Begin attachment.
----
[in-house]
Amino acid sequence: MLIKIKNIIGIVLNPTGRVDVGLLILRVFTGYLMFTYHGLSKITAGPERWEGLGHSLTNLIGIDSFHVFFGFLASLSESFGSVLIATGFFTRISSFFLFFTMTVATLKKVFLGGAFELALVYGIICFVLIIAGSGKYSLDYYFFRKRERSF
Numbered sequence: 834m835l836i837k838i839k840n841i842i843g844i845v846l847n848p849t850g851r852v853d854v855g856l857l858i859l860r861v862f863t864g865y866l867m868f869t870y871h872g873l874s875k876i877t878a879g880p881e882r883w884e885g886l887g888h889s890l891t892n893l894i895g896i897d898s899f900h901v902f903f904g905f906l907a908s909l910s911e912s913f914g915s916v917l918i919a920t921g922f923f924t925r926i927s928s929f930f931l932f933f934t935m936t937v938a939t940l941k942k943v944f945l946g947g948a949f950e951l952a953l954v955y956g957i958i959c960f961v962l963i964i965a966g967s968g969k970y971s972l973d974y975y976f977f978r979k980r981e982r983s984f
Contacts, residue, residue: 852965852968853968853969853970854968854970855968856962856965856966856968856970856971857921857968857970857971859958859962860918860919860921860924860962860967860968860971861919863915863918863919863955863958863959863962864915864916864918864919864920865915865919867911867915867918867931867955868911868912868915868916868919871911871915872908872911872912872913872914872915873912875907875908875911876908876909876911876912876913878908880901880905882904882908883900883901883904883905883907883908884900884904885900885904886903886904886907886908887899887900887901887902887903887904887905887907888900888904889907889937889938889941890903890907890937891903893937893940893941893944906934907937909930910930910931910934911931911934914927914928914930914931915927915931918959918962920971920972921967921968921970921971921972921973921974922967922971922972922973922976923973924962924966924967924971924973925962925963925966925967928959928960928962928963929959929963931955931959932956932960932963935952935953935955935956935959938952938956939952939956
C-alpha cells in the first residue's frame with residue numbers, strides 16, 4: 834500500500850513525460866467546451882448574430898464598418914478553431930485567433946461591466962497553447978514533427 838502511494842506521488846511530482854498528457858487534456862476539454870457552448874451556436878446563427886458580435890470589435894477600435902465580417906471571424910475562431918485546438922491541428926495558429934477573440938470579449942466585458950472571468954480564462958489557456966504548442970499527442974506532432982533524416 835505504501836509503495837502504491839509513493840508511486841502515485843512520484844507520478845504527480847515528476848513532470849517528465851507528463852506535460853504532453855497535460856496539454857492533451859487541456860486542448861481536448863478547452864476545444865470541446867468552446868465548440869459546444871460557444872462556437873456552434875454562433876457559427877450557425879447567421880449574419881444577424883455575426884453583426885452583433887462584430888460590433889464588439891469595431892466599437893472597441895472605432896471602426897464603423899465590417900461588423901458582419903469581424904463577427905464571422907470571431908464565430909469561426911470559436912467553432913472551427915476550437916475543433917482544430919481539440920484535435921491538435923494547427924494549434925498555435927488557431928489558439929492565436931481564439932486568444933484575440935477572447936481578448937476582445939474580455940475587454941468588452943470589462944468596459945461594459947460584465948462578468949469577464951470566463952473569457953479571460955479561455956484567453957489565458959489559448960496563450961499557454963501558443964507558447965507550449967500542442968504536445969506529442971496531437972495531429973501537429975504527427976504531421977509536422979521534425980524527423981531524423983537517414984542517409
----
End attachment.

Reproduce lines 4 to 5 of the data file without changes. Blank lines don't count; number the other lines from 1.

Contacts, residue, residue: 852965852968853968853969853970854968854970855968856962856965856966856968856970856971857921857968857970857971859958859962860918860919860921860924860962860967860968860971861919863915863918863919863955863958863959863962864915864916864918864919864920865915865919867911867915867918867931867955868911868912868915868916868919871911871915872908872911872912872913872914872915873912875907875908875911876908876909876911876912876913878908880901880905882904882908883900883901883904883905883907883908884900884904885900885904886903886904886907886908887899887900887901887902887903887904887905887907888900888904889907889937889938889941890903890907890937891903893937893940893941893944906934907937909930910930910931910934911931911934914927914928914930914931915927915931918959918962920971920972921967921968921970921971921972921973921974922967922971922972922973922976923973924962924966924967924971924973925962925963925966925967928959928960928962928963929959929963931955931959932956932960932963935952935953935955935956935959938952938956939952939956
C-alpha cells in the first residue's frame with residue numbers, strides 16, 4: 834500500500850513525460866467546451882448574430898464598418914478553431930485567433946461591466962497553447978514533427 838502511494842506521488846511530482854498528457858487534456862476539454870457552448874451556436878446563427886458580435890470589435894477600435902465580417906471571424910475562431918485546438922491541428926495558429934477573440938470579449942466585458950472571468954480564462958489557456966504548442970499527442974506532432982533524416 835505504501836509503495837502504491839509513493840508511486841502515485843512520484844507520478845504527480847515528476848513532470849517528465851507528463852506535460853504532453855497535460856496539454857492533451859487541456860486542448861481536448863478547452864476545444865470541446867468552446868465548440869459546444871460557444872462556437873456552434875454562433876457559427877450557425879447567421880449574419881444577424883455575426884453583426885452583433887462584430888460590433889464588439891469595431892466599437893472597441895472605432896471602426897464603423899465590417900461588423901458582419903469581424904463577427905464571422907470571431908464565430909469561426911470559436912467553432913472551427915476550437916475543433917482544430919481539440920484535435921491538435923494547427924494549434925498555435927488557431928489558439929492565436931481564439932486568444933484575440935477572447936481578448937476582445939474580455940475587454941468588452943470589462944468596459945461594459947460584465948462578468949469577464951470566463952473569457953479571460955479561455956484567453957489565458959489559448960496563450961499557454963501558443964507558447965507550449967500542442968504536445969506529442971496531437972495531429973501537429975504527427976504531421977509536422979521534425980524527423981531524423983537517414984542517409